Educator Resources:
Middle School

Great Pieces of Ungulate Migration Content for Middle School Students

Big game migration content and activities connect with various middle school science standards.

  1. Wild Migrations: Atlas of Wyoming Ungulates, has 70+ topics to explore. Check your local middle school/high school library, or county library for a copy. Purchase the atlas from Oregon State University Press or online booksellers:
  2. Elk River Film –
  3. Deer 139 Film –
  4. 92 Miles Film –
  5. Migration Barriers Film –
  6. Migration Minute Video Series –
  7. 400 Miles To Cross Film –
  8. Deer 255’s Migration Animation (March 2019) –
  9. “All This Can Co-exist” Mule Deer Migration on the Edge of Yellowstone Video –
  10. On The Elk Trail Video Series –
  11. Joe Riis Red Desert Video –
  12. Capturing Wildlife with Joe Riis –
  13. Ungulates in Asia: “Saigas are straight out of Star Wars” | Animalogic –
  14. Oceanic Migratory Mammals: “Into the deep with elephant seals” | KQED –
  15. Fish Migration Conservation: Super Salmon Film –
  16. Migration to Follow Rain: The Great Wildebeest Migration Animation –
  17. See our YouTube playlists for more video content –

Middle School Migration Science Activities

  1. Watch this video about the elk rut (, bison rutting in Yellowstone (, or the bighorn sheep rut ( Ask students a set of questions after watching these videos. Questions could include: Identify three ways they think the behaviors that males display in rut (breeding season) make them more successful at reproducing. Is the largest male always the most likely to breed? What ecosystem/environmental factors play into the rut?
  2. To help students recognize how changes to an ecosystem affect populations, play this ‘carrying capacity’ game. Use a combination of colored cards, knick-knacks, or snacks to represent resources such as habitat, food, and shelter. These items represent the ‘limiting factors’ on the landscape. Place the assortment of cards, knick-knacks or snacks in a few different large areas. These areas represent a home range. To start the game, have students act as the deer/elk/moose etc., asking them to go to different parts within the area representing their home ranges (you could tape out areas to help students see their home range). Once they arrive on their home ranges then the first round of the game can begin. Ask students to collect resources at a rate you determine, for example, you could set a timer for every 10 seconds, when the timer goes off students can race to a box, a table, a bucket with the different resources. You can make it harder to get resources by hiding them, almost like an easter egg hunt scenario. The game will be played in rounds. Each round represents a year of the animal’s life. After each round the teacher will count the number of items/resources collected and write the numbers down to be used at the end of the game. To make the activity more complex you can choose some students to represent predators/hunters. These students will be removing/harvesting one of the other students (i.e. deer) by tagging them with a sticky note. You can play several different rounds for different populations of animals with the teacher adding a different amount of resources each time. For example, in a drought year, you might only allocate half the amount of food, or you might insert blizzards (high mortality) Once all the resources have been used, you can ask your students to help you plot the data from each round. Identify trends and ask students if they can see the carrying capacity, or the number of animals that can be consistently sustained year after year, on the graph for each population.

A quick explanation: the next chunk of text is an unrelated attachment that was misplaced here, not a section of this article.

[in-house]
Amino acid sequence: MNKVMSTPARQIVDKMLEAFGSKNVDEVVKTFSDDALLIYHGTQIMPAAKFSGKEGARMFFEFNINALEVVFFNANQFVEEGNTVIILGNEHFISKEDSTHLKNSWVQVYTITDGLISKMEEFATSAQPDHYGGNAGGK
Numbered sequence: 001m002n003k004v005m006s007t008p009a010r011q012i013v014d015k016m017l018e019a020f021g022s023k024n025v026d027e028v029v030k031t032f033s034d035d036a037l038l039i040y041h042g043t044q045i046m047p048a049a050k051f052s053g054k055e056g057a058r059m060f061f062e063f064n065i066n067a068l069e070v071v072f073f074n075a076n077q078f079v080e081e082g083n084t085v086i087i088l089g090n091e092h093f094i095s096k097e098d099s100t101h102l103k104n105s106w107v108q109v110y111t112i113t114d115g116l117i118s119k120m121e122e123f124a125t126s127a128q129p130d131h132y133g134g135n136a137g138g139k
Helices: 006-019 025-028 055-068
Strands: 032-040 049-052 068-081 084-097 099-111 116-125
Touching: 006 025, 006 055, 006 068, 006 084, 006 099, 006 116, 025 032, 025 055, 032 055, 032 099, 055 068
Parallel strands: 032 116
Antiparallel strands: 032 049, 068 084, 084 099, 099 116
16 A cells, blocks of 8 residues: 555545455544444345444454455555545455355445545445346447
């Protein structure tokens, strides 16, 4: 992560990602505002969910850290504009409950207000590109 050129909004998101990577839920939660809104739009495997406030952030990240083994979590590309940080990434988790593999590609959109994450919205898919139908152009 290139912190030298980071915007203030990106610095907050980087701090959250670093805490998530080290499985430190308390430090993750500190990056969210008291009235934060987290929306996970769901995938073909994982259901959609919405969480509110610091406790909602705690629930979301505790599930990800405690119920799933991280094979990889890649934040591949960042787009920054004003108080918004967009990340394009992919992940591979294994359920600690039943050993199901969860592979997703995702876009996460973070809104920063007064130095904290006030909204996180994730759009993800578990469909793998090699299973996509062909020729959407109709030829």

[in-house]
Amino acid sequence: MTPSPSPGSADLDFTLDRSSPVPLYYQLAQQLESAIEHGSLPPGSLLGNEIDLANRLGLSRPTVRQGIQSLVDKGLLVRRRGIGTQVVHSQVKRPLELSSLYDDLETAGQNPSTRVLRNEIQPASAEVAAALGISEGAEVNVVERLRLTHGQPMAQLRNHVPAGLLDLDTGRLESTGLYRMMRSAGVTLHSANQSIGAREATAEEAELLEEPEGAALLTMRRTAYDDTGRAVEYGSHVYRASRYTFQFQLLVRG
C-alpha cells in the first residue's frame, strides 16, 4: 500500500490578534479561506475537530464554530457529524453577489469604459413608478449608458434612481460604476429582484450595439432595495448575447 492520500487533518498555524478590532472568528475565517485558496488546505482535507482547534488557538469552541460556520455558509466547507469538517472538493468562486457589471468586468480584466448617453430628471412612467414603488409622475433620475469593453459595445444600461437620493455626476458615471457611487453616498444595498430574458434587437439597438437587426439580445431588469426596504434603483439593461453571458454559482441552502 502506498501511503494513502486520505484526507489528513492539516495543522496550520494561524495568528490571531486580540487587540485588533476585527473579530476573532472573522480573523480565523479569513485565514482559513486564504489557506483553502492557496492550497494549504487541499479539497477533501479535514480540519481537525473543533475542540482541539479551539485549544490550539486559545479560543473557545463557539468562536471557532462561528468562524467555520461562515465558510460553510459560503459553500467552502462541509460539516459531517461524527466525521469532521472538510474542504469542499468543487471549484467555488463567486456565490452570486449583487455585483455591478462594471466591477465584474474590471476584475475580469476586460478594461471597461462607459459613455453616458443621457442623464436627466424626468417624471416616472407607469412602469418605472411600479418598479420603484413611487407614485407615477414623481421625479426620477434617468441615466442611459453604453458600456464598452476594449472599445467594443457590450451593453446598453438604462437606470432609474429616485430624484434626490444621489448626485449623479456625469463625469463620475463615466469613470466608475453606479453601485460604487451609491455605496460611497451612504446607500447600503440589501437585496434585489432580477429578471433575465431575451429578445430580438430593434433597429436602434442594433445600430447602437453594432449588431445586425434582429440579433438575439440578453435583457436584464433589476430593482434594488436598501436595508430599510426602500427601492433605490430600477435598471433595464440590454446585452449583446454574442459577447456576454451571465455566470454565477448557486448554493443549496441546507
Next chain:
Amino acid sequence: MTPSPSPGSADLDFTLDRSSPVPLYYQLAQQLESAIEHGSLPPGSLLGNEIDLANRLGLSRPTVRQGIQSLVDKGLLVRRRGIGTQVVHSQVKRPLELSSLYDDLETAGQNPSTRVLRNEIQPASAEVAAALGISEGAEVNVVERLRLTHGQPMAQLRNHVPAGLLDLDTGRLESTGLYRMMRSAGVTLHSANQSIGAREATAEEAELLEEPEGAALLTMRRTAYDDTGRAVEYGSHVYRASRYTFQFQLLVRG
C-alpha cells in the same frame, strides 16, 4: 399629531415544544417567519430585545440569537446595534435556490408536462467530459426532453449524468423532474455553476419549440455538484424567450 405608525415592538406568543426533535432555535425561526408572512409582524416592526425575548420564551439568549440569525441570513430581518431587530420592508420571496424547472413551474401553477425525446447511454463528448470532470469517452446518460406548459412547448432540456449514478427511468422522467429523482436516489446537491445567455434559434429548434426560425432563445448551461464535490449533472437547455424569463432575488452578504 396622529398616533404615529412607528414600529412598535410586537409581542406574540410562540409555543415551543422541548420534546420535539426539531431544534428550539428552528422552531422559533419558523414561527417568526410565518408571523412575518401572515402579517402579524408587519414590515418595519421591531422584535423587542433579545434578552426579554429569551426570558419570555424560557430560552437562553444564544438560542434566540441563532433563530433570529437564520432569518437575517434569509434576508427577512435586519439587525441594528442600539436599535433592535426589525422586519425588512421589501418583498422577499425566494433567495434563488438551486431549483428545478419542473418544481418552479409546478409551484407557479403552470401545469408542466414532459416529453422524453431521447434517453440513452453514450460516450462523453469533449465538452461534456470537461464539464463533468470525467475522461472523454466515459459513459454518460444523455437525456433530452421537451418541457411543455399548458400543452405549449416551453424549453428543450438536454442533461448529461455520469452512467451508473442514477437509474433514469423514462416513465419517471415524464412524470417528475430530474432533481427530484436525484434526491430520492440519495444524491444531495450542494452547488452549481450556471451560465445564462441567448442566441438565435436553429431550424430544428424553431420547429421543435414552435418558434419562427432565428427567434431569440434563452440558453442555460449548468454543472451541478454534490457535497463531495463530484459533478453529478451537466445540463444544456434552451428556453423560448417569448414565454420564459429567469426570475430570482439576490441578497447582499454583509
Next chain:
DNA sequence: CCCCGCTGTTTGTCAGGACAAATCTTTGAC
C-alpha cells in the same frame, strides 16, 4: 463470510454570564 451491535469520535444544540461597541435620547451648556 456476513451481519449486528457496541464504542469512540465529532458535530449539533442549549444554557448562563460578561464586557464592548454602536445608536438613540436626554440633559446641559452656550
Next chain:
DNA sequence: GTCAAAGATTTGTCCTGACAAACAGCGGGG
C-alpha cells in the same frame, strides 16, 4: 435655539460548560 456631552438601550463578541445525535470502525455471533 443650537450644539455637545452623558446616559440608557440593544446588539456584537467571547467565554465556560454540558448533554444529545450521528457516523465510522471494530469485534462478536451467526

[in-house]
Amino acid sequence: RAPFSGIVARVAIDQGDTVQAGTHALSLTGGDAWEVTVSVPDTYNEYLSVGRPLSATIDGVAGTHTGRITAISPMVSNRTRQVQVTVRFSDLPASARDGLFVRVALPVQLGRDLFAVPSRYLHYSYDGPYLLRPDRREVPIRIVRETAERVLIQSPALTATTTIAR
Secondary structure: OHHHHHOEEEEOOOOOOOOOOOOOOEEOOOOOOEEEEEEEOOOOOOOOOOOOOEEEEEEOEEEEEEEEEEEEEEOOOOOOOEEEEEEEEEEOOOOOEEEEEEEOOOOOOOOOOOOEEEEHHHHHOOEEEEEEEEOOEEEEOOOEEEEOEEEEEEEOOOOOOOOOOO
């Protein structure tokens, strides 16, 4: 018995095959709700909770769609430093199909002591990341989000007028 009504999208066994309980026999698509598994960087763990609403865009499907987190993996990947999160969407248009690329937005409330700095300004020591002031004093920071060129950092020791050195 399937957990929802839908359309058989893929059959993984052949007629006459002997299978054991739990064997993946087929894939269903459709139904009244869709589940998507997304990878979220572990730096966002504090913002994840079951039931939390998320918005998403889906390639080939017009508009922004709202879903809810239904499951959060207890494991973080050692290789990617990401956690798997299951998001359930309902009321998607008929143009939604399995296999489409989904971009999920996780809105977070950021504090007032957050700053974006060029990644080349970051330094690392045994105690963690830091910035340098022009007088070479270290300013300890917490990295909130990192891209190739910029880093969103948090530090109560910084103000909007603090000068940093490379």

3. To help students understand impacts on the environment, ask students to look at a map and identify the nearest Wilderness Area, National Park, Habitat Management Area, etc. Then have students investigate the history of those areas that have land protections. Ask students how those protections influence wildlife population management, what would happen if these places were not protected, etc. Reference or watch this video in class as a part of this activity: Wyoming’s Big Game Migrations and 50 Years of Wilderness: *Please note, that many places such as National Parks have a complex history in protecting the environment. The impact of these types of protected legislation often forced Indigenous communities to leave their homes and traditional lands. Further, the Wilderness Act defines wilderness as a place “untrammeled by man” where humans are a visitor that “does not remain.” And yet there is evidence of Native people living in places now thought of as wilderness for thousands of years. We recommend that teachers weave this important historical-social component into this lesson.
  4. To help students identify actions that maintain or improve ecosystems/biodiversity, use a migration corridor activity as an example. Have students look at migration maps from the Wild Migrations atlas or on Ask students what challenges these animals might face on their migration journeys, and if there might be solutions to those challenges. Ask students why it’s important for migrations to stay intact and what might be the repercussions if a migration corridor is lost.